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Have you heard about the Fertility Diet?

Let’s break it down!

The science behind the Fertility Diet is based on a Harvard University Study of over 18,000 nurses over a period of 8 years.

The women in the Nurses Health Study who followed five or more of the Fertility Diet recommendations reduced their risk of ovulatory infertility by more than 80-90%.

That’s a substantial achievement with a set of simple, inexpensive and tasty dietary changes!

Here are some the recommendations and my take on them too!

1. Choose slow carbs, not no carbs. Choosing slowly digested carbohydrates that are rich in fiber, like whole grains, vegetables, whole fruits, and beans, instead of rapidly digested carbs can improve fertility by controlling blood sugar and insulin levels.

Here’s my take:

It’s best to determine if you have an intolerance to gluten (a protein found in wheat, barley, rye) first!  Gluten is the latin term for glue and its adhesive properties hold bread and cake together.  The undigested gluten can trigger your immune system to attack the lining of the small intestine, which for some people can cause digestion symptoms, joint problems, skin problems, mood problems and autoimmune issues too.

The wheat crop is also highly sprayed with glysophate (herbicide used to kill weeds – e.g Monsanto Roundup) which studies have linked to infertility.

I recommend taking out gluten for at least 10 days and determining if you have a sensitivity.  You can then re-introduce gradually and use a food journal to detect any symptoms.      This is especially important for PCOS, Endometriosis, Thyroid Problems, Unexplained Infertility, and Male Factor Infertility

2. Make it whole milk. Skim milk appears to promote infertility. If you drink milk, choose whole milk while trying to get pregnant, or have a small dish of ice cream or full-fat yogurt every day.

Here’s my take:

Many people also can be intolerant to dairy too!  It is high in estrogen (due to the pregnant cows), which can than affect your delicate endocrine system, plus it may contain antibiotics, growth hormones and steroids.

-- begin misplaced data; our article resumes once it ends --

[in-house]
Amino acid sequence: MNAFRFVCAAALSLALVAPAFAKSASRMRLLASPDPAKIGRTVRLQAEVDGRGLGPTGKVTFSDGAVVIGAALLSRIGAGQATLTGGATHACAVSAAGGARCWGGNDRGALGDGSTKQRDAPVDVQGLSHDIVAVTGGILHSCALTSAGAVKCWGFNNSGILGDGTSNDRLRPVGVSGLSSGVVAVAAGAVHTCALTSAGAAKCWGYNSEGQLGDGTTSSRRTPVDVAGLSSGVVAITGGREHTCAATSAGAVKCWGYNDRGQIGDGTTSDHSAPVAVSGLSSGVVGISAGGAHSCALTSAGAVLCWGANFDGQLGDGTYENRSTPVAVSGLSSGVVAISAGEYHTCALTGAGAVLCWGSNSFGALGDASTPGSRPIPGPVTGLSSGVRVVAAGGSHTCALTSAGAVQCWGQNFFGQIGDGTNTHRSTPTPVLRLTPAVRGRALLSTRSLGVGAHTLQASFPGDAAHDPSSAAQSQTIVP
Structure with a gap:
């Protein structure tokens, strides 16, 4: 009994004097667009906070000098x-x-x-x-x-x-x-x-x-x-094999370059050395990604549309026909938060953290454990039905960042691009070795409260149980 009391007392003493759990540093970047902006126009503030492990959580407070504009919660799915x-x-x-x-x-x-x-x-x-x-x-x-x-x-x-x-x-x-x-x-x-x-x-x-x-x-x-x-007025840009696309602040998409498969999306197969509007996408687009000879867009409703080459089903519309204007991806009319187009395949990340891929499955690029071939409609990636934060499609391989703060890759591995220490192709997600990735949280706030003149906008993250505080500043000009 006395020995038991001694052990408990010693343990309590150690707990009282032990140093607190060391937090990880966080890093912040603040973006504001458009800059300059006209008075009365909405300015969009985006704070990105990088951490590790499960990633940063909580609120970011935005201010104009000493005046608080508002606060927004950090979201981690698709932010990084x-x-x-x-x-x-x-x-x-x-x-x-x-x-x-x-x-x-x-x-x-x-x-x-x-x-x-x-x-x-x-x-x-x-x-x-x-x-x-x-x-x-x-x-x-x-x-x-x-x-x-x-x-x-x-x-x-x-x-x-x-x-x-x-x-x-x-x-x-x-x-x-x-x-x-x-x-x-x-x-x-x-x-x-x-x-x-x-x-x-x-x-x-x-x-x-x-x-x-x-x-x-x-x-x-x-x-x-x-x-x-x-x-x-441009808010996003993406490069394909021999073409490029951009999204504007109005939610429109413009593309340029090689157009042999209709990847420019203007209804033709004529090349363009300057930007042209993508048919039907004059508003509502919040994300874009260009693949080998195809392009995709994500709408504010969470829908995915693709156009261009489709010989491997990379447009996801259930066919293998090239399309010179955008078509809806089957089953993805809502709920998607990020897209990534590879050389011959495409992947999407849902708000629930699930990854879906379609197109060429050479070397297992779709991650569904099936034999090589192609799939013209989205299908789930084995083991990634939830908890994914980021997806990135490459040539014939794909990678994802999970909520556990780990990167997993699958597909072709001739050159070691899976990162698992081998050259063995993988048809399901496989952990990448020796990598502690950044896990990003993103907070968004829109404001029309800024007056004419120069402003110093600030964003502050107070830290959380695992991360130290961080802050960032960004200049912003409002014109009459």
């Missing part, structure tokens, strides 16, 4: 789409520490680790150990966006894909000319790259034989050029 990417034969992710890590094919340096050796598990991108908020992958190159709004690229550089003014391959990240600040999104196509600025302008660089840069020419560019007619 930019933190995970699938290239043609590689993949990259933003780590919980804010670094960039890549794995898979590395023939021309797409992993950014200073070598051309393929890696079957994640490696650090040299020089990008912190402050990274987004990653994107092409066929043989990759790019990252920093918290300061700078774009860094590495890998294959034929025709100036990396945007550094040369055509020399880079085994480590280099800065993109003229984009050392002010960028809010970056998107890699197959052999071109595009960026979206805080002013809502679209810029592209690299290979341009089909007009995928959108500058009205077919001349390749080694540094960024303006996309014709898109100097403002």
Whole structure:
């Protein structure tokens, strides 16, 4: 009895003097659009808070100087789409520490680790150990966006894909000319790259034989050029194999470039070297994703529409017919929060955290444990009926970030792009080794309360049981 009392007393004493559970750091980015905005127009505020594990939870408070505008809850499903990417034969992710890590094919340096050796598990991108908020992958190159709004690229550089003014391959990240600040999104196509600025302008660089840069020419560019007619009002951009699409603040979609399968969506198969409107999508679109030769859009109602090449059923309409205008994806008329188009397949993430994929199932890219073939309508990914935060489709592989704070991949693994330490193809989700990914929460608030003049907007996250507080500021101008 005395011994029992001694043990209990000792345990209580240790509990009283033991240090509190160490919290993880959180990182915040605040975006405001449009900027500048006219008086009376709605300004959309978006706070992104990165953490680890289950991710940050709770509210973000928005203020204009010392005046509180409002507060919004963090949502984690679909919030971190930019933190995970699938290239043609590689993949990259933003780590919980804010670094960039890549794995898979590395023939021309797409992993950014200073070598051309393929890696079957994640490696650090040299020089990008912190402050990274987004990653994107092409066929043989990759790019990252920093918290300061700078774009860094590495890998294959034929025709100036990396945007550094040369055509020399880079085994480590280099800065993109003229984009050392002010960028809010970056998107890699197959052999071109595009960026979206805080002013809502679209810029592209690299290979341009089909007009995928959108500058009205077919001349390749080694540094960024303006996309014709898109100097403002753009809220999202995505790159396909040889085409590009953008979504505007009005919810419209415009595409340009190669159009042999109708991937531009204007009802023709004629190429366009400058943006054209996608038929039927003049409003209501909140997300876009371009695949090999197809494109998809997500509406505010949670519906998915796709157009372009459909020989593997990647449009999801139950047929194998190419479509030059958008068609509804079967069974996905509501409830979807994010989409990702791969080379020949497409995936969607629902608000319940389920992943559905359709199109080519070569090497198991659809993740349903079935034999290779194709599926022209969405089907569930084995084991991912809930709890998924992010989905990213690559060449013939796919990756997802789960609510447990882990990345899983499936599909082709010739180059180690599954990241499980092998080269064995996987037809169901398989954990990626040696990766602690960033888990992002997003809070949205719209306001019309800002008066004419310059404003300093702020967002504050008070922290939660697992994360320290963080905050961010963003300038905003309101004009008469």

I recommend taking out dairy for at least 10 days to determine if you have a sensitivity.  If you find that you do not have a sensitivity always opt for organic and grass fed dairy.  This is especially important if you have estrogen dominance, which can be the case with PCOS, Endometriosis, Fibroids, Recurrent Miscarriage, PMS, cramps and lack of ovulation

3. Take a multi-vitamin. Getting extra folic acid (400 micrograms a day) before you get pregnant could actually help you start eating for two.

Here’s my take:

Make sure your prenatal vitamin has methylated folate not folic acid. My recommendation is to always choose professional grade supplements.  Many supplements can contain fillers/dyes/allergens.

My favourite Prental, is Thorne Basic Prenatal.

4. Drink to your health. The best beverage for keeping your body hydrated is water. Coffee, tea, and alcohol are okay in moderation. But skip sugared soda as they appear to promote ovulatory infertility.

Here’s my take:

Slowly reduce your caffeine intake.  You don’t want to go completely caffeine free right away because you will experience withdrawal symptoms.  When you are decreasing your soda intake, drink one glass of water for every soda. To reduce coffee, start with 50% regular and 50% decaf.

5. Head toward the fertility zone for weight. Weighing too much or too little can interrupt normal menstrual cycles, throw off ovulation or stop it altogether. The best range for fertility is a body-mass index (BMI) of 20 to 24. Working to move your BMI in that direction by gaining or losing some weight is almost as good.

Here’s my take:

Losing weight is SIMPLE, but its not EASY!

Work to control your blood sugar levels, with a glucometer (keeping your blood sugar levels stable will help to minimize cravings), get a good nights sleep (7-9 hours) and get honest about your stressors!

Let us know if you have tried any of these recommendations and what has been your experience!

Need support?  Book your FREE Supercharge Your Fertility Discovery call here!  Learn simple steps you can take to prepare your body for a baby!

Sarah Clark empowers couples to discover how lifestyle and diet can dramatically impact their chances of conceiving.  She was diagnosed with premature ovarian failure at 28 and had both her kids with donor eggs.  Not until years later did she discover that the root cause of her infertility was a food intolerance.  Join the Free Fab Fertile Support Group on Facebook for mini-challenges, motivation and inspiration!

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